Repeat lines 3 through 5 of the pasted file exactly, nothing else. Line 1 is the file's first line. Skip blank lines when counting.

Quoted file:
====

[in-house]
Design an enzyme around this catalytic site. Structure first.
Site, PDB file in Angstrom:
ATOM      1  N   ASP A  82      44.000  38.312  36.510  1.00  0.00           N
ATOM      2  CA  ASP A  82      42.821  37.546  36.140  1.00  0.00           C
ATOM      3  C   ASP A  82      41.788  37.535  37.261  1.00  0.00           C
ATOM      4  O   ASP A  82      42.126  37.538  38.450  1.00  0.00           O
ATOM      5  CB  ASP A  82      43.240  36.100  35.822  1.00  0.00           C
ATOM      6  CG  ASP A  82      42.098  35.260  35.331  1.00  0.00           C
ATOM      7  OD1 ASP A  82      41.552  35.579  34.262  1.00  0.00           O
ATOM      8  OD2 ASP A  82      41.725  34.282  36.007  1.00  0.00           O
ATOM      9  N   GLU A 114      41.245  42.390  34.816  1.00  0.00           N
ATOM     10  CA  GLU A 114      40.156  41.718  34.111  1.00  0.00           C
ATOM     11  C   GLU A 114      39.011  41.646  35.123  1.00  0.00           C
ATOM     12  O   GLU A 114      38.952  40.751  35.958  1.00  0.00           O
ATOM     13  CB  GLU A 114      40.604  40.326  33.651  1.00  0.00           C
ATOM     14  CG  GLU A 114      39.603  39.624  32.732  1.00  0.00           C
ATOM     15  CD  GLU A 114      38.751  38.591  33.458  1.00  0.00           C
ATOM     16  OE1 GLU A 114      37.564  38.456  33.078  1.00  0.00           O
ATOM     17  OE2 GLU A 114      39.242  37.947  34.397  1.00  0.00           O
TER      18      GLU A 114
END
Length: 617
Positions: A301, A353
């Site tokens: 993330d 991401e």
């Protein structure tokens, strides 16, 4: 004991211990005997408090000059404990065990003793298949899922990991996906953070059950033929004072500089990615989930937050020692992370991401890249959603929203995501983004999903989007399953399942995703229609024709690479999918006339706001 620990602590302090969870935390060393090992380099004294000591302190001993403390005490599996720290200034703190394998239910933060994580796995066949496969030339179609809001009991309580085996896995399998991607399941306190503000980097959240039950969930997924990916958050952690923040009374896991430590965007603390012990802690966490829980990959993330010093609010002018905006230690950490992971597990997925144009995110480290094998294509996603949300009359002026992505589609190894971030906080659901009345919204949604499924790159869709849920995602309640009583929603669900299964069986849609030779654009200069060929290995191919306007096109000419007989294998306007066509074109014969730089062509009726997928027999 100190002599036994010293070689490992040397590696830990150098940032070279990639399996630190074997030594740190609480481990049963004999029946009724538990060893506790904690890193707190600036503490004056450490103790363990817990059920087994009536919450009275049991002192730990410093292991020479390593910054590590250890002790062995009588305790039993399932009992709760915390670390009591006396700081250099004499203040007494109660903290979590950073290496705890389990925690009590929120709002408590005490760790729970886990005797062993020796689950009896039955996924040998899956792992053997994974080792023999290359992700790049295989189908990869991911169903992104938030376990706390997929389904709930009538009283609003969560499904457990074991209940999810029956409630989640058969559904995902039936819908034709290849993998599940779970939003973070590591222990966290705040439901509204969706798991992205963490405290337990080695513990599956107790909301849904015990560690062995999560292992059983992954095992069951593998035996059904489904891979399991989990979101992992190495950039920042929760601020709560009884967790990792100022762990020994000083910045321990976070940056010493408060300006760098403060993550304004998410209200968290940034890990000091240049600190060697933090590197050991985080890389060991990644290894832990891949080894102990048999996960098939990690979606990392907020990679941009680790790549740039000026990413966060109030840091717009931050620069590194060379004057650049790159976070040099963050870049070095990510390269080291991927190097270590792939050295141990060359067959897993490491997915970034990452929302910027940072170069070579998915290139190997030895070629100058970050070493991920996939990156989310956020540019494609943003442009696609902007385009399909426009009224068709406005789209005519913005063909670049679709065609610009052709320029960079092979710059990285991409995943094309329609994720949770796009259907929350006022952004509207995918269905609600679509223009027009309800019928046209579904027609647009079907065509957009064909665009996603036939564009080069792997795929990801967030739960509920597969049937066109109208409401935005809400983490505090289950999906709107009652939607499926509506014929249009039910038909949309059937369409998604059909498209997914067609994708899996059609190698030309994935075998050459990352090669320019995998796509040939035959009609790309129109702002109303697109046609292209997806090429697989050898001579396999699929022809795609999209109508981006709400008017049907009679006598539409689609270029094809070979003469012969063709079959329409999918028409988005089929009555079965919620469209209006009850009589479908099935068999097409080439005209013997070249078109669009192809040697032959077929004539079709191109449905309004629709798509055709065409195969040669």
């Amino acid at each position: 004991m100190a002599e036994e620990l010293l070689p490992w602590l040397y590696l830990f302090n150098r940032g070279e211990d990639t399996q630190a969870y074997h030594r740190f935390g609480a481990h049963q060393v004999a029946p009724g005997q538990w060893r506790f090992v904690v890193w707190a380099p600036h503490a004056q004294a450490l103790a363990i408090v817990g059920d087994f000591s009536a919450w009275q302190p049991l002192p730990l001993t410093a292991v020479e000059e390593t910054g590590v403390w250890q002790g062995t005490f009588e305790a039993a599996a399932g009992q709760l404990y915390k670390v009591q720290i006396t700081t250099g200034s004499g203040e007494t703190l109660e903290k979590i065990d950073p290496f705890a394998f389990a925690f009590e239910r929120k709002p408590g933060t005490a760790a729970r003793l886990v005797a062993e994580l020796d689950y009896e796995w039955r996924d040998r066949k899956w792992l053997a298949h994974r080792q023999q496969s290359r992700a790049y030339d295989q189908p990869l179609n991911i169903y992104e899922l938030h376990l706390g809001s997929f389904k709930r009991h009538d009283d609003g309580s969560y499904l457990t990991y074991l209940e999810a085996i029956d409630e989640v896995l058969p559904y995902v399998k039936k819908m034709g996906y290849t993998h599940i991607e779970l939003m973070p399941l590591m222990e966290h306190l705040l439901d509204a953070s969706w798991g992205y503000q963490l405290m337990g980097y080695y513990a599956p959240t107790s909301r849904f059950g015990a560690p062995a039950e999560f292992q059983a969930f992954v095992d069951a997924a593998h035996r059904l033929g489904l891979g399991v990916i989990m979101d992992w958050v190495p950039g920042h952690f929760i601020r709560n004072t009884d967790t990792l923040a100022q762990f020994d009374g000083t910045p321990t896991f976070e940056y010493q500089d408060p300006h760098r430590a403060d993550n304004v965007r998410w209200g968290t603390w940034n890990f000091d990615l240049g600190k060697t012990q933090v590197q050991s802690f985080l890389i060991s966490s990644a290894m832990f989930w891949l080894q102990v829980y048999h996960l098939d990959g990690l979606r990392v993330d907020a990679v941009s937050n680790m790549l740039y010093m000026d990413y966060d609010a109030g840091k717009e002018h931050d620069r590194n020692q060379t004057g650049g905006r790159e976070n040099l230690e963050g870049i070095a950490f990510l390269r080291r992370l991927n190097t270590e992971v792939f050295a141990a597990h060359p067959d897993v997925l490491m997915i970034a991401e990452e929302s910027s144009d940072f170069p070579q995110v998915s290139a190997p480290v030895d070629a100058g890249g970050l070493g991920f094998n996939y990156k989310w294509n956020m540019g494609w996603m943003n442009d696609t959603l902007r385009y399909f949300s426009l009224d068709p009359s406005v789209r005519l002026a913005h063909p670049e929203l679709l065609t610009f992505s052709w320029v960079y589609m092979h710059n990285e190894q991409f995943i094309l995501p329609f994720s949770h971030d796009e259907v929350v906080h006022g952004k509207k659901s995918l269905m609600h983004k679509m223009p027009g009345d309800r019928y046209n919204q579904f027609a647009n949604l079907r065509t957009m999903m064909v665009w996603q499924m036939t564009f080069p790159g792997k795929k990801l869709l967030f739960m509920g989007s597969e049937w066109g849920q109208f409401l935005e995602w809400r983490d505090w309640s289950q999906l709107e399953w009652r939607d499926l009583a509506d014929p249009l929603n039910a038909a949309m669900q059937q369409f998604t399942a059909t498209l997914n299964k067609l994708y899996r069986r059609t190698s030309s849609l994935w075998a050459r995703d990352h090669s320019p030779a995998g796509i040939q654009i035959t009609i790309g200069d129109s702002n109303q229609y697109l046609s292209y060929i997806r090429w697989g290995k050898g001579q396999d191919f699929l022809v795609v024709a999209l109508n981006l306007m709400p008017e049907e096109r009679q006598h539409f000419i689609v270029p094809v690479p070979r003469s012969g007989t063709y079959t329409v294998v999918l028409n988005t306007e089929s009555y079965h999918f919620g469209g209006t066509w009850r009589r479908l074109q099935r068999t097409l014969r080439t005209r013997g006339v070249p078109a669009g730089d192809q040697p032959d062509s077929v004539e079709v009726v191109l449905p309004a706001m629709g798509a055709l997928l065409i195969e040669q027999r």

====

Site, PDB file in Angstrom:
ATOM      1  N   ASP A  82      44.000  38.312  36.510  1.00  0.00           N
ATOM      2  CA  ASP A  82      42.821  37.546  36.140  1.00  0.00           C